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How much can I borrow

How much can I borrow

Different lenders will have different lending limits

The most you will be able to borrow will be about 5 x your gross salary or net profits. This can be your joint income in the case of joint mortgage applications

The annual payment of any loans or credit agreements should be deducted from your income before applying this multiple.

But take care...

If your joint or single income is less than about 30,000, you may be restricted in how much you can borrow

Lenders will consider the overall affordability of an application. If you have any adult or child dependants then this will have the effect of reducing the maximum loan

Please contact us if you wish to maximise your borrowing

Not all income will be accepted...

Most lenders will allow some or all of your commission income, which can be added to your basic salary, providing that you can prove that you have received this commission in the past.

Some lenders will accept bonuses. The important issue here is that you must be able to prove your income. So bonuses should have been paid in the past, unless these bonuses are guaranteed. Commission income must be shown on your pay-slips

It is important to assess whether you will be able to afford future mortgage payments.

Think about what would happen if you or your partner were unable to work in the future (see insurances)

Joint Mortgage Application

If the mortgage application is placed in joint names then the income of both parties can be taken into account.

Please bear in mind that if the mortgage is in joint names then the property ownership will also be in joint names

It is possible for parent and child to take out a mortgage together. If the parents income is needed then the parent's age may need to be considered as the maximum term will be to the parents normal retirement age; this would normally be 65 or 70 in some circumstances.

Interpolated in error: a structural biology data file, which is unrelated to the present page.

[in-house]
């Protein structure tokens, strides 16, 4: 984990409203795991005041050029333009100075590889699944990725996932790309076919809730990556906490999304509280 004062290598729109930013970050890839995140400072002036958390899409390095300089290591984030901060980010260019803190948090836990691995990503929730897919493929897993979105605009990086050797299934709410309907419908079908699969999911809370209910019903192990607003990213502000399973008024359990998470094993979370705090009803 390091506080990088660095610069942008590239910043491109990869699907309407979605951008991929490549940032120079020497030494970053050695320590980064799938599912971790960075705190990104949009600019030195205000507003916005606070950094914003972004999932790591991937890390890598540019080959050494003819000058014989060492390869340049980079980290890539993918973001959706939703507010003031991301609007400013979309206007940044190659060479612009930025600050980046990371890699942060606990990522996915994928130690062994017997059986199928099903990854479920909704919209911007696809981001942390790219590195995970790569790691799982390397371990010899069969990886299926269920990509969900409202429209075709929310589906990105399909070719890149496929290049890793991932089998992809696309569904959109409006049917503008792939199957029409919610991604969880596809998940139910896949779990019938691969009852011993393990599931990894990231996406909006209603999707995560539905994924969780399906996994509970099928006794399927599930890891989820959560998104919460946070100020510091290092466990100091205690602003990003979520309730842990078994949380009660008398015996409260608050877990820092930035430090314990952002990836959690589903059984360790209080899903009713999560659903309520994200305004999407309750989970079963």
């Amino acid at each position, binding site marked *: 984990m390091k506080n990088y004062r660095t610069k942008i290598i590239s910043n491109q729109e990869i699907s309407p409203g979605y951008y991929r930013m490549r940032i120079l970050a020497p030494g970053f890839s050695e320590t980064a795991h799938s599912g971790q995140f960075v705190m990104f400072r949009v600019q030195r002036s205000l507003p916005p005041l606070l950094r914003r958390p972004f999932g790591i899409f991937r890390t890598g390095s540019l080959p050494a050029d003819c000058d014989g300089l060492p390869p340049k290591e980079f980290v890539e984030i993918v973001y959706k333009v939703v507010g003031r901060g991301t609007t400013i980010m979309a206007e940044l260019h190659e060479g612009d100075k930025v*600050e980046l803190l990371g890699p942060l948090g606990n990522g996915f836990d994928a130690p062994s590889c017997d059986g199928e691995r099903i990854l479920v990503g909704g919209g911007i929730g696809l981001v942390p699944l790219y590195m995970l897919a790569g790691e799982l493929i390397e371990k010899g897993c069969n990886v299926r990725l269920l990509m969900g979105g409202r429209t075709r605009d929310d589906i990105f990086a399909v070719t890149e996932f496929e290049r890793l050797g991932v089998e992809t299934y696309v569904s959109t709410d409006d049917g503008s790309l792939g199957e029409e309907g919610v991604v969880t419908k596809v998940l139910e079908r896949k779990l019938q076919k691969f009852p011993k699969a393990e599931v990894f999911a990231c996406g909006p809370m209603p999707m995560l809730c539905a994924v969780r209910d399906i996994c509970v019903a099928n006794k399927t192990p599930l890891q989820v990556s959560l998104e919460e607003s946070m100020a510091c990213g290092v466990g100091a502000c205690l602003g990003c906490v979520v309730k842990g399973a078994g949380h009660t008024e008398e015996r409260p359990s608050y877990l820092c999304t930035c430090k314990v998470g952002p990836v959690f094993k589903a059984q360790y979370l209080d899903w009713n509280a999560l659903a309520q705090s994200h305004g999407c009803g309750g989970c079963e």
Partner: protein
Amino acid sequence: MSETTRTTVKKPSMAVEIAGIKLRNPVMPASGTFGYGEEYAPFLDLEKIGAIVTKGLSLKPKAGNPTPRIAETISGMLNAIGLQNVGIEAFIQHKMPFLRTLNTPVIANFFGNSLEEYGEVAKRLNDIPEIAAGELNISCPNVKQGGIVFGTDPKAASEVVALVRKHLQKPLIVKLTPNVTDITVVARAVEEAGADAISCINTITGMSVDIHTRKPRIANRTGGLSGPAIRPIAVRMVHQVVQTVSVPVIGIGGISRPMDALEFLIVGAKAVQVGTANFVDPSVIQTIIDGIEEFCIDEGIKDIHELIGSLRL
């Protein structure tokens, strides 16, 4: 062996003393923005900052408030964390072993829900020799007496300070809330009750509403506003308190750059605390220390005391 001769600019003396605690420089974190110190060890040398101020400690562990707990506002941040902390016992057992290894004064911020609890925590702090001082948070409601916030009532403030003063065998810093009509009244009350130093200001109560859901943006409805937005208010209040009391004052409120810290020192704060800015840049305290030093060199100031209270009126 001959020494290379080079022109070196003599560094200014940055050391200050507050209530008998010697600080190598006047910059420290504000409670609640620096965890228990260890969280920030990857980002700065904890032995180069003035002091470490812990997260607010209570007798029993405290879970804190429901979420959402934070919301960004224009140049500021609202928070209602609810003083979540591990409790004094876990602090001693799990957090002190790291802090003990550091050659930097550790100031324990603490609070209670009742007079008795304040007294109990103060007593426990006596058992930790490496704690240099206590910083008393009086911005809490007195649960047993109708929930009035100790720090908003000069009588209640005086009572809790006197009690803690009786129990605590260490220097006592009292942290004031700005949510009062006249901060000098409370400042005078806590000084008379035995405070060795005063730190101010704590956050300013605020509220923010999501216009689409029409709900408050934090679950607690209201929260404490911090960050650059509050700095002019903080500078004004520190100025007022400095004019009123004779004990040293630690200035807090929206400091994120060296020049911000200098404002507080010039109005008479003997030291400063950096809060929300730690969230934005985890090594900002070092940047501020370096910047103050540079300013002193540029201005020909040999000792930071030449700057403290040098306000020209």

Guarantor Mortgage

If your income is currently insufficient to cover a mortgage, but you can show that this will change in the near future, then a guarantor mortgage may be available to you.

A minimum deposit of 10% is required for this type of mortgage

Mainly intended for students, a family member, normally the parents, would need to guarantee that the mortgage will be paid until the applicant is ready to take over the mortgage.

For this to be acceptable, the guarantor would need to have sufficient income to cover both the new mortgage and any existing mortgage.

A guarantor mortgage differs from a joint mortgage in that the ownership generally stays in the child's name while both the parent and child share the legal responsibility for the payment of the debt

This mortgage is not suitable for students intending to let their property to other students.
A Guarantor mortgage should not be considered lightly.

Legal advice should be sought by all parties, prior to entering into a mortgage.

Self Employed

If you are self employed as a sole trader your income will be your net profits as disclosed on your last tax return. Your net profits would be your gross income less your allowable expenses. You do not need to deduct your personal allowance from this figure.

If your are a company director with over a 20% share of the company, your net income will be your drawings (salary) plus your share of the net profits shown on the annual accounts, or dividends drawn whichever is lower.

Most lenders require that you draw your share of the net profits in the form of dividends

This is a little unfair as you are not obliged to draw all of your profits as dividends. You might decide to leave your profits in the company.

If you do not file accounts, your taxable income will be that declared on your annual tax return.

Some lenders will average your income over the last 2 or 3 years.

Please contact us to discuss your situation if you wish to maximise your borrowing